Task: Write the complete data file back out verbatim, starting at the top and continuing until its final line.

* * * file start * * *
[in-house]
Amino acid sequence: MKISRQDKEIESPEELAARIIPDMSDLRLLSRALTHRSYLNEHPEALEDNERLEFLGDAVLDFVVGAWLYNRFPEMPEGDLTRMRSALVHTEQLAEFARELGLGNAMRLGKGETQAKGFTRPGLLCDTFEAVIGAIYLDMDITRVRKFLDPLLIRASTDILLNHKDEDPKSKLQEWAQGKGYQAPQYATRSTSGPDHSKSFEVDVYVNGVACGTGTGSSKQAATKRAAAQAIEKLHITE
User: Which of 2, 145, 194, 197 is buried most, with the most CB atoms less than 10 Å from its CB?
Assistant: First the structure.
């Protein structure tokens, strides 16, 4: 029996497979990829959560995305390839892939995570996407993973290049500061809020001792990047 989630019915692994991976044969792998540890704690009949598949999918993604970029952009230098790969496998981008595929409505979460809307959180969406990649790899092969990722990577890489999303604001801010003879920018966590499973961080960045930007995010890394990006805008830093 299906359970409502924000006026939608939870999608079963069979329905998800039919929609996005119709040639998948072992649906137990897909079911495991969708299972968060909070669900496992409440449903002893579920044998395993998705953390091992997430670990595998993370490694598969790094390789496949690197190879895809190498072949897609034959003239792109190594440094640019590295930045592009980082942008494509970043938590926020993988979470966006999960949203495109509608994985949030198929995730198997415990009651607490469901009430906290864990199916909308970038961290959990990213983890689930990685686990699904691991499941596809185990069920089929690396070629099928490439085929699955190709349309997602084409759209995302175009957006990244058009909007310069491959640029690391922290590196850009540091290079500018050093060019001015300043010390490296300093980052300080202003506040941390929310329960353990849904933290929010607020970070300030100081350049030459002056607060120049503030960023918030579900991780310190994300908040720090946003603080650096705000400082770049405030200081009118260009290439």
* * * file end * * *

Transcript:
[in-house]
Amino acid sequence: MKISRQDKEIESPEELAARIIPDMSDLRLLSRALTHRSYLNEHPEALEDNERLEFLGDAVLDFVVGAWLYNRFPEMPEGDLTRMRSALVHTEQLAEFARELGLGNAMRLGKGETQAKGFTRPGLLCDTFEAVIGAIYLDMDITRVRKFLDPLLIRASTDILLNHKDEDPKSKLQEWAQGKGYQAPQYATRSTSGPDHSKSFEVDVYVNGVACGTGTGSSKQAATKRAAAQAIEKLHITE
User: Which of 2, 145, 194, 197 is buried most, with the most CB atoms less than 10 Å from its CB?
Assistant: First the structure.
């Protein structure tokens, strides 16, 4: 029996497979990829959560995305390839892939995570996407993973290049500061809020001792990047 989630019915692994991976044969792998540890704690009949598949999918993604970029952009230098790969496998981008595929409505979460809307959180969406990649790899092969990722990577890489999303604001801010003879920018966590499973961080960045930007995010890394990006805008830093 299906359970409502924000006026939608939870999608079963069979329905998800039919929609996005119709040639998948072992649906137990897909079911495991969708299972968060909070669900496992409440449903002893579920044998395993998705953390091992997430670990595998993370490694598969790094390789496949690197190879895809190498072949897609034959003239792109190594440094640019590295930045592009980082942008494509970043938590926020993988979470966006999960949203495109509608994985949030198929995730198997415990009651607490469901009430906290864990199916909308970038961290959990990213983890689930990685686990699904691991499941596809185990069920089929690396070629099928490439085929699955190709349309997602084409759209995302175009957006990244058009909007310069491959640029690391922290590196850009540091290079500018050093060019001015300043010390490296300093980052300080202003506040941390929310329960353990849904933290929010607020970070300030100081350049030459002056607060120049503030960023918030579900991780310190994300908040720090946003603080650096705000400082770049405030200081009118260009290439």